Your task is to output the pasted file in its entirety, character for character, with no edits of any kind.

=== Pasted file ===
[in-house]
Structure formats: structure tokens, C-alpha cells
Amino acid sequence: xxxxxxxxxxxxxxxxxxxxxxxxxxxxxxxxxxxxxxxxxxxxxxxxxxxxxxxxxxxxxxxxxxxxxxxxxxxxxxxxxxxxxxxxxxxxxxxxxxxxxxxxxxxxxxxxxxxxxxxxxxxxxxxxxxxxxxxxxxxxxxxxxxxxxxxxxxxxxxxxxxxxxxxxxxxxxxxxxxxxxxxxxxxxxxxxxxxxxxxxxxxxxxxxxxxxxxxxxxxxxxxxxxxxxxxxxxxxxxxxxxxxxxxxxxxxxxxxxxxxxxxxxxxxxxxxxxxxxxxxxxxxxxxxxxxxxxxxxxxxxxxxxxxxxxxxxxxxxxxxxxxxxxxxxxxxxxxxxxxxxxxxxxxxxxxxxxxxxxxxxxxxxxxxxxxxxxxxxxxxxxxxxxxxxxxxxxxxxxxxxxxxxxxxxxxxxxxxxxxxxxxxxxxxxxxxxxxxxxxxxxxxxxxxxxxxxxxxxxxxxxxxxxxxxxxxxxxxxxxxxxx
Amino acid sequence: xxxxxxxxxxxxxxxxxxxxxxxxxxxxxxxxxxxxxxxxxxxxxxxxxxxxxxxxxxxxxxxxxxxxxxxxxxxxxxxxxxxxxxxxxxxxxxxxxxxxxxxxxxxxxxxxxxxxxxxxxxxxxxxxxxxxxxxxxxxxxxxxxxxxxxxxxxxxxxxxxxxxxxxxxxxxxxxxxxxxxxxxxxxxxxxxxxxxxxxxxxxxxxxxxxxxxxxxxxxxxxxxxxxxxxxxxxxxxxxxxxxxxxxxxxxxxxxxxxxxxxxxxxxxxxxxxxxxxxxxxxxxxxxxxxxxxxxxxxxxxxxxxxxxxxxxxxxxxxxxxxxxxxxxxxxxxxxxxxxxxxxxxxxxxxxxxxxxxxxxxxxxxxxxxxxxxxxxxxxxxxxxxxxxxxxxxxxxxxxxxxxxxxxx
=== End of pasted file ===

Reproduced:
[in-house]
Structure formats: structure tokens, C-alpha cells
Amino acid sequence: xxxxxxxxxxxxxxxxxxxxxxxxxxxxxxxxxxxxxxxxxxxxxxxxxxxxxxxxxxxxxxxxxxxxxxxxxxxxxxxxxxxxxxxxxxxxxxxxxxxxxxxxxxxxxxxxxxxxxxxxxxxxxxxxxxxxxxxxxxxxxxxxxxxxxxxxxxxxxxxxxxxxxxxxxxxxxxxxxxxxxxxxxxxxxxxxxxxxxxxxxxxxxxxxxxxxxxxxxxxxxxxxxxxxxxxxxxxxxxxxxxxxxxxxxxxxxxxxxxxxxxxxxxxxxxxxxxxxxxxxxxxxxxxxxxxxxxxxxxxxxxxxxxxxxxxxxxxxxxxxxxxxxxxxxxxxxxxxxxxxxxxxxxxxxxxxxxxxxxxxxxxxxxxxxxxxxxxxxxxxxxxxxxxxxxxxxxxxxxxxxxxxxxxxxxxxxxxxxxxxxxxxxxxxxxxxxxxxxxxxxxxxxxxxxxxxxxxxxxxxxxxxxxxxxxxxxxxxxxxxxxx
Amino acid sequence: xxxxxxxxxxxxxxxxxxxxxxxxxxxxxxxxxxxxxxxxxxxxxxxxxxxxxxxxxxxxxxxxxxxxxxxxxxxxxxxxxxxxxxxxxxxxxxxxxxxxxxxxxxxxxxxxxxxxxxxxxxxxxxxxxxxxxxxxxxxxxxxxxxxxxxxxxxxxxxxxxxxxxxxxxxxxxxxxxxxxxxxxxxxxxxxxxxxxxxxxxxxxxxxxxxxxxxxxxxxxxxxxxxxxxxxxxxxxxxxxxxxxxxxxxxxxxxxxxxxxxxxxxxxxxxxxxxxxxxxxxxxxxxxxxxxxxxxxxxxxxxxxxxxxxxxxxxxxxxxxxxxxxxxxxxxxxxxxxxxxxxxxxxxxxxxxxxxxxxxxxxxxxxxxxxxxxxxxxxxxxxxxxxxxxxxxxxxxxxxxxxxxxxxx